xt7j6q1sfr4r https://exploreuk.uky.edu/dips/xt7j6q1sfr4r/data/mets.xml Lafferty, Maude Ward 1869-1962. 1916  books b92-143-29441998 English University of Kentucky, College of Mechanical and Electrical Engineering, : [Lexington, Ky. : Contact the Special Collections Research Center for information regarding rights and use of this collection. Lexington and Ohio Rail Road Company History. Louisville and Nashville Railroad Company History. Pioneer railway of the west  / Maude Ward Lafferty. text Pioneer railway of the west  / Maude Ward Lafferty. 1916 2002 true xt7j6q1sfr4r section xt7j6q1sfr4r 

A Pioneer Railway of
      the West

   By Maude Ward Lafferty

 This page in the original text is blank.


    This restoration of a portion of the original track of the Lexington
and Ohio (now Louisville and Nashville) Railroad laid at Lexington in
1 831, is dedicated to those men of forethought and courage who were
pioneers in railroad development in Amenica.
                    Erected Anno Domini

         Dedication Exercises
                    10 A. M.
               May 30, 1916

College of Mechanical and Electrical Engineering
           University of Kentucky

 This page in the original text is blank.


    During the month of July, 1915, there appeared in a local newspaper
an account of the finding of "Old Rail Stones" and "Old Strap Iron
Rails" which had been used in the construction of the railroad generally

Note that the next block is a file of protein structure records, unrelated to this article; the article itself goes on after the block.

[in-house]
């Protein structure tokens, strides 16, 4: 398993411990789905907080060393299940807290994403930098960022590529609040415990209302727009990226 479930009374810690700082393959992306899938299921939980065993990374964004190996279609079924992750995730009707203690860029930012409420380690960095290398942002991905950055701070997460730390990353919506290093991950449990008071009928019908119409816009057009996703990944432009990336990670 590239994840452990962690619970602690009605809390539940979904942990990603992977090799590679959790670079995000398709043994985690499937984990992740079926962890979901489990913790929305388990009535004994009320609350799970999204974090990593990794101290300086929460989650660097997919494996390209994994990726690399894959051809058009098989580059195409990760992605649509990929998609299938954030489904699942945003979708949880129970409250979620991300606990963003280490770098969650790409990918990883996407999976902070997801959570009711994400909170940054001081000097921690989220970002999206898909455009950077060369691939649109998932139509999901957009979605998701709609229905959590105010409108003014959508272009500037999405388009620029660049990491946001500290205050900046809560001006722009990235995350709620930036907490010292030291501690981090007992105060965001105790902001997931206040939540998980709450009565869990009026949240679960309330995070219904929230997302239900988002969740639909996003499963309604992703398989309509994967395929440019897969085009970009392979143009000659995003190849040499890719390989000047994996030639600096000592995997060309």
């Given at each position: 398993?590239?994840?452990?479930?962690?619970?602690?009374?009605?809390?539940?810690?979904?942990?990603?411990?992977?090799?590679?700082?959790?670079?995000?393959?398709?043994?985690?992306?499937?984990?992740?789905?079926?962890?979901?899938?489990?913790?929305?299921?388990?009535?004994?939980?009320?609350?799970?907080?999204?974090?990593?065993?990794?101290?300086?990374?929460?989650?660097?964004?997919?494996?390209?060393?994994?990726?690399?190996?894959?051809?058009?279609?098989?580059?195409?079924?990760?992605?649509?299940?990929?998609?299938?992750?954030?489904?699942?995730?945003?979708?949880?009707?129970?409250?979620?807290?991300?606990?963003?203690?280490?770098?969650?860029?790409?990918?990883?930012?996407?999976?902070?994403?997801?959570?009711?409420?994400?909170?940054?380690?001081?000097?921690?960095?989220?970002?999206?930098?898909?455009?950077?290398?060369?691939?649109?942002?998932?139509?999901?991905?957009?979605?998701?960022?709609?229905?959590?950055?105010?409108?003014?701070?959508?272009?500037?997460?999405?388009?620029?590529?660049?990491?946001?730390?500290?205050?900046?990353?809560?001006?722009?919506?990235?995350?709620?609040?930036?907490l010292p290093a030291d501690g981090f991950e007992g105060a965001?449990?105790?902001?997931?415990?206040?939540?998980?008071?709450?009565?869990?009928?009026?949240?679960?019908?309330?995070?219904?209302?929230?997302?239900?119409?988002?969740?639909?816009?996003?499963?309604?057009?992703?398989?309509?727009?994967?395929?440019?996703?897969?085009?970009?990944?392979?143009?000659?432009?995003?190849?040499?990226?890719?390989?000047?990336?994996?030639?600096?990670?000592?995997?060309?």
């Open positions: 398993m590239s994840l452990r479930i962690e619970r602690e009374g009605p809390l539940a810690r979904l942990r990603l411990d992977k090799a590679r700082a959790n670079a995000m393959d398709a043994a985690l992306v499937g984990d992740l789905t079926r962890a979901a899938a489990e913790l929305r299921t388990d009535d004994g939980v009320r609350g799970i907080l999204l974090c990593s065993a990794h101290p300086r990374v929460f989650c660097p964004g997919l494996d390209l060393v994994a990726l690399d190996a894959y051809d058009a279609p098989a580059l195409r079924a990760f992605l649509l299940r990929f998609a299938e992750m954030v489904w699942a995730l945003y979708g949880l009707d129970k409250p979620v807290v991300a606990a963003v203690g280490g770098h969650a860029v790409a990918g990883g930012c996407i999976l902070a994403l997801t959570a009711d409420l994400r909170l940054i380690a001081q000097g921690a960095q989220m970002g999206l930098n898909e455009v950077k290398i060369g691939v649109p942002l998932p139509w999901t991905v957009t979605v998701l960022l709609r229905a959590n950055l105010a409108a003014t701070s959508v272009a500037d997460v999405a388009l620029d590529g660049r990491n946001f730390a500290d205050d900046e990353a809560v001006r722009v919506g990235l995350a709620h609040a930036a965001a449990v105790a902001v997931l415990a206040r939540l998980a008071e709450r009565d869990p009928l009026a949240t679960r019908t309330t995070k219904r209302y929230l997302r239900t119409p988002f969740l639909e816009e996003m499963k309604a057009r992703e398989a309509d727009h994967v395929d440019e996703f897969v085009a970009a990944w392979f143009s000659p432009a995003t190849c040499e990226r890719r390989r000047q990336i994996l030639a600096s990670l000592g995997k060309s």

known as "the old Lexington and Frankfort Road," though it was
incorporated under the name of the "Lexington and Ohio Rail Road.'
It is believed by many to have been the first railroad west of the
Alleghany Mountains. Be that as it may, the quaint and interesting
relics had just been dug up that week by the workmen who were recon-
structing the freight yards of the Louisville and Nashville Railroad. The
workmen were moving more recently laid tracks back to the old original
road bed of the pioneer railroad, and in doing so they unearthed those
curious relics of 1831.
    Although just starting that very day for a summer vacation, I hurried
down town a little before train time, and went to the Main Street offices of
the Louisville and Nashville Railroad where the interesting relics were on
    As I stood gazing at that worn and rusty bar of iron with its single
bent and rusty spike, I was whisked back across the years by some
strange trick of memory and I saw, instead, a dimly lighted sick room, on
a hot summer night-myself a little sufferer, and sitting beside me, fanning
my fevered brow, my beloved father, who, notwithstanding the fatigue of
a heavy and exacting practice sat thus night after night, soothing me